I am going to translate a passage of good English into modern English of the worst sort. Words of this kind are often used in a consciously dishonest way.
They will construct your sentences for you-even think your thoughts for you, to a certain extent-and at need they will perform the important service of partially concealing your meaning even from yourself.
Instead of being a single word, such as break, stop, spoil, mend, kill, a verb becomes a phrase, made up of a noun or adjective tacked on to some general-purpose verb such as prove, serve, form, play, render. Never use a long word where a short one will do. One cannot deny the overwhelming presence of politics in our society and the effect of governmental politics in our everyday lives.
Around the same time Orwell wrote an unsigned editorial for Polemic in response to an attack from Modern Quarterly. Consciously or subconsciously, people want chantable writings. Some would say this is the beauty of English and revel in it. The freedom of its own citizens.
It consists in gumming together long strips of words which have already been set in order by someone else, and making the results presentable by sheer humbug. It's not just the pain of empty language, although sometimes it is that.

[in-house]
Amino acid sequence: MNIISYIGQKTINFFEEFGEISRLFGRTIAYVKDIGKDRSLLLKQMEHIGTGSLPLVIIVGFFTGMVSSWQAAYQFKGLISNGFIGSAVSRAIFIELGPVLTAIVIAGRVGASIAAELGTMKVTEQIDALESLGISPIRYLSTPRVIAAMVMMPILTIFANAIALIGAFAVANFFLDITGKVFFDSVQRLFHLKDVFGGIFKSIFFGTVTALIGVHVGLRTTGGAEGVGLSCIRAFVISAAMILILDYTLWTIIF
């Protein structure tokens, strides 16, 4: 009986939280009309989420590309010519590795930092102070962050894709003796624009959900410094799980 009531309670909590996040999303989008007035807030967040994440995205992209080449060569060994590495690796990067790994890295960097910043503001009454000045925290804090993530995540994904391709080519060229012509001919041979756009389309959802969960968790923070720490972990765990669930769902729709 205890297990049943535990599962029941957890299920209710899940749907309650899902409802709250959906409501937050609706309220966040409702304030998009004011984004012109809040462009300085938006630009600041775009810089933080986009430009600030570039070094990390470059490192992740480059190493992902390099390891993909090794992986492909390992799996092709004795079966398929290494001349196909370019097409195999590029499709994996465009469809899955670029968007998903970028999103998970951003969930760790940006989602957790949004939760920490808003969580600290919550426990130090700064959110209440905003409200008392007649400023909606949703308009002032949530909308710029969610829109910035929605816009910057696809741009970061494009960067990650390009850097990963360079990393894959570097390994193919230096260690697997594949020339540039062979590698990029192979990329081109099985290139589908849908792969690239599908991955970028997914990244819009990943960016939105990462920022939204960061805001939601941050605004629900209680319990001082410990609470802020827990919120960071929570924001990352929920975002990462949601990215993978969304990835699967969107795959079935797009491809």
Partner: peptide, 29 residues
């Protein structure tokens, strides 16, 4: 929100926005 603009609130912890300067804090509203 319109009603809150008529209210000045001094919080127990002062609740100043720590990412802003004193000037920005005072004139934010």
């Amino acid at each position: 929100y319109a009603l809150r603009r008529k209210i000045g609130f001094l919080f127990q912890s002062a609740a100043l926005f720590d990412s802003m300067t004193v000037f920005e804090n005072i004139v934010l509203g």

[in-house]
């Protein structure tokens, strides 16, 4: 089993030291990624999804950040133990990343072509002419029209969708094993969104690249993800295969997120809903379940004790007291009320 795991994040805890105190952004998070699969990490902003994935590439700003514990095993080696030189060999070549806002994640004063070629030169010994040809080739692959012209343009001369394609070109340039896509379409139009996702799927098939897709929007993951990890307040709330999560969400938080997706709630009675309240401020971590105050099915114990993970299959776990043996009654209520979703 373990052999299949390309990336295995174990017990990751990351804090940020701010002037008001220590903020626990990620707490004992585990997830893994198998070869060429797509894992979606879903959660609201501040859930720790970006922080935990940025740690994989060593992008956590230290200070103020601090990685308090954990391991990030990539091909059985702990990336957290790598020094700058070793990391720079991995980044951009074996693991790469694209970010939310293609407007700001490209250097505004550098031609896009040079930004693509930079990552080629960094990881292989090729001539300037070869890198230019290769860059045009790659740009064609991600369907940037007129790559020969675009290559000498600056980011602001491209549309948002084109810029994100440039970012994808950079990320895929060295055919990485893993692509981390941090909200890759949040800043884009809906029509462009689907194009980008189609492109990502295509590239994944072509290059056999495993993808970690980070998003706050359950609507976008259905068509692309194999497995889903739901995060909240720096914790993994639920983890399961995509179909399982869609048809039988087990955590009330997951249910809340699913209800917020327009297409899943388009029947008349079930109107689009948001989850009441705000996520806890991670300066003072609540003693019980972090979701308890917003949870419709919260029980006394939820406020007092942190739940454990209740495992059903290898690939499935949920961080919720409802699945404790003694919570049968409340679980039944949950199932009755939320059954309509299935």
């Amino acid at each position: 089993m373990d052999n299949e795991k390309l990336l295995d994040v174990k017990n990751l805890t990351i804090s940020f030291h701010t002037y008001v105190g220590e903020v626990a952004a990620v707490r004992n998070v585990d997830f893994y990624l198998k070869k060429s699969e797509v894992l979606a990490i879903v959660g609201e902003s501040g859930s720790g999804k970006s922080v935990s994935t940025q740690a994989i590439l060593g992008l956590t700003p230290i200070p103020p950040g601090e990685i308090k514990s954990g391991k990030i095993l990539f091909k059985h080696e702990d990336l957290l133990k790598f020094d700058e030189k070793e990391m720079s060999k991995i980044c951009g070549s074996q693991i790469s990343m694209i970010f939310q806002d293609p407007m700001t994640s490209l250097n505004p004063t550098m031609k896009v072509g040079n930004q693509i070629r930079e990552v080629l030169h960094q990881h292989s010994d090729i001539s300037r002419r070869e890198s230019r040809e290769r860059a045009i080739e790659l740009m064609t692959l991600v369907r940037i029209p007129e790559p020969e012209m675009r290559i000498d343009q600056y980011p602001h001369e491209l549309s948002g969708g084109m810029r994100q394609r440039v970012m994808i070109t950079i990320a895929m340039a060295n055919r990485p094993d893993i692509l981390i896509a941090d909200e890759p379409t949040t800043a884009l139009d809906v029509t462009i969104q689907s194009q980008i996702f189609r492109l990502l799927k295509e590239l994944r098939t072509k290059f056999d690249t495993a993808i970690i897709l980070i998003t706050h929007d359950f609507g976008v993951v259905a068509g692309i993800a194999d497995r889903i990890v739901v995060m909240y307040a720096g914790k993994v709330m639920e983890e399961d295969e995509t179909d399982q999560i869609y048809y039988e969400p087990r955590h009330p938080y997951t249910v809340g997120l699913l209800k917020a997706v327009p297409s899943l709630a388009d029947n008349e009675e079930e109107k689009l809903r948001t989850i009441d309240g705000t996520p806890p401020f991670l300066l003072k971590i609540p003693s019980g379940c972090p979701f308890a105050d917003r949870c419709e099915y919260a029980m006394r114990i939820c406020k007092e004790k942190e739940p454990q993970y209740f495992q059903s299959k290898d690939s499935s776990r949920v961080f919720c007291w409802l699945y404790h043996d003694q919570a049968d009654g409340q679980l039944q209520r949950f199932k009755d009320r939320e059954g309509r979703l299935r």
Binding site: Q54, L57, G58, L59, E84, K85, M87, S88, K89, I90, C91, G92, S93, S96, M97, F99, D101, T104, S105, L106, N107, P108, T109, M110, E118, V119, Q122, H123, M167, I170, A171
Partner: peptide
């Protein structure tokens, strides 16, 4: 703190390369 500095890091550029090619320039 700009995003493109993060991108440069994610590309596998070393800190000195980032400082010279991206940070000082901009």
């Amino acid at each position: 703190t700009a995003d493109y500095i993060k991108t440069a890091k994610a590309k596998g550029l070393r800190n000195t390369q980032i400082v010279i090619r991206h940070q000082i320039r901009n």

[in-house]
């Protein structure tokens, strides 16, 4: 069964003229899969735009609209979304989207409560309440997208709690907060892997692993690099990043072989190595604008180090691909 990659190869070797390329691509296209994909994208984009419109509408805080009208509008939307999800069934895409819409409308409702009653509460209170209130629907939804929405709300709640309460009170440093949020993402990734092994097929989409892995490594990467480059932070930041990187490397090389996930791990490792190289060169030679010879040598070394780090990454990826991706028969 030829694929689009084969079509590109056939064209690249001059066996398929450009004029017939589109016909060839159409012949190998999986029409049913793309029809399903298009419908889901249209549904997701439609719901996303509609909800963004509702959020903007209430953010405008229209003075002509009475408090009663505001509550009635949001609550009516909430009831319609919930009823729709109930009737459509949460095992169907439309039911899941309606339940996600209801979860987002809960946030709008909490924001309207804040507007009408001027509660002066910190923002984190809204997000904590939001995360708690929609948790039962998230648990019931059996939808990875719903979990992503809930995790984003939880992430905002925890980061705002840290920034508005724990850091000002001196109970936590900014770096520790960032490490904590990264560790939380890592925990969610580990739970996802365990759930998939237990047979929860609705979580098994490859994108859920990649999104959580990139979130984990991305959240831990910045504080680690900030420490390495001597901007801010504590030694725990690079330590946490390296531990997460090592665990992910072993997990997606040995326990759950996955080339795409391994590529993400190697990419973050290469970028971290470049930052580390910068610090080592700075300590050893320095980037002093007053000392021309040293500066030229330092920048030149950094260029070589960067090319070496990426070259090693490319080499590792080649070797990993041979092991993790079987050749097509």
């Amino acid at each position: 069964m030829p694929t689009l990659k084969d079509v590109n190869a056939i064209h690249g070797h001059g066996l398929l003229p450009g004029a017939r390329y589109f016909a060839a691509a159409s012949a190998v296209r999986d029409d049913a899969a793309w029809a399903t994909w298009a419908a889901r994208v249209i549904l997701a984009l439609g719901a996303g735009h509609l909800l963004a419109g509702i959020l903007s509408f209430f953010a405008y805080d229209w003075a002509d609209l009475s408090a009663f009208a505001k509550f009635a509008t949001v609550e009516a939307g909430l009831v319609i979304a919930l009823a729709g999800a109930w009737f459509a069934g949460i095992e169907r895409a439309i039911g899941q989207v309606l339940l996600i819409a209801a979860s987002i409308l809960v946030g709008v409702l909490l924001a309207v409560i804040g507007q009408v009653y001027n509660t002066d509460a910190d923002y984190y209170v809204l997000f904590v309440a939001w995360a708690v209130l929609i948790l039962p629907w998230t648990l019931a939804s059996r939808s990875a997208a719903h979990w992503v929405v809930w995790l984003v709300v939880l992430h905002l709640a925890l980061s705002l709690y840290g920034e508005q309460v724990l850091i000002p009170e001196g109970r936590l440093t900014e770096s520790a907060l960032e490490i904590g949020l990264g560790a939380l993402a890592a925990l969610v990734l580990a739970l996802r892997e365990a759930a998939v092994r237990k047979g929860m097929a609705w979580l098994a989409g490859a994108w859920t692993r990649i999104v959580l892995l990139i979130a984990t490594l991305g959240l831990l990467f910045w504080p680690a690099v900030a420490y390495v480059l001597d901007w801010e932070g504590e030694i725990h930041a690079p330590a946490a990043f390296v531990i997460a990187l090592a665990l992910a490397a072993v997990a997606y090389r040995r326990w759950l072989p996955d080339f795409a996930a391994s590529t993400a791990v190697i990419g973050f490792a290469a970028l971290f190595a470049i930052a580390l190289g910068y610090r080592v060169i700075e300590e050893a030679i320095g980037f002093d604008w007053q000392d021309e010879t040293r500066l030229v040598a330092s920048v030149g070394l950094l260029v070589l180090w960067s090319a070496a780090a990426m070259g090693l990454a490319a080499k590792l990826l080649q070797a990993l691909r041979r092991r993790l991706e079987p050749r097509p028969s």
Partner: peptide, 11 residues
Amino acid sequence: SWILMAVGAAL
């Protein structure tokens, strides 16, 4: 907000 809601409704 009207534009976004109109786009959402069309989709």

I do not want to exaggerate. The inflated style is itself a kind of euphemism. He believed that politicians disguised their intentions behind euphemisms and convoluted phrasing.
Millions of peasants are robbed of their farms and sent trudging along the roads with no more than they can carry:. Freedman’s article, sporting the ponderous title “Writing Ideology, and Politics: Orwell’s “Politics and the English Language” and English Composition,” appeared in the pages of College English (April ) and set into motion a wide variety of critiques, reconsiderations, and outright attacks against the plain style.
George Orwell’s article, “Politics and the English Language,” explores the increasing misuse of the English language and its possible political causes. When I. George Orwell's major argument in Politics and the English Language, is that the English language has become worse as time has gone on.
This article was written in and George Orwell has very. Goerge Orwell, in “Politics and the English Language”, demonstrates how to effectively express oneself with written language. To do so, Orwell states the “dos” and “don’ts” of effective writing. A correct version of Orwell's essay can be found here.
(July 24, ) Politics and the English Language By George Orwell Most people who bother with the matter at all would admit that the. George Orwell in "Politics and the English language," elaborates his disatisfaction with the hackneyed rhetorical strategies politicans use to convey equivocal messages that end up confusing the public.George orwells politics and the english language rhetorical precis essay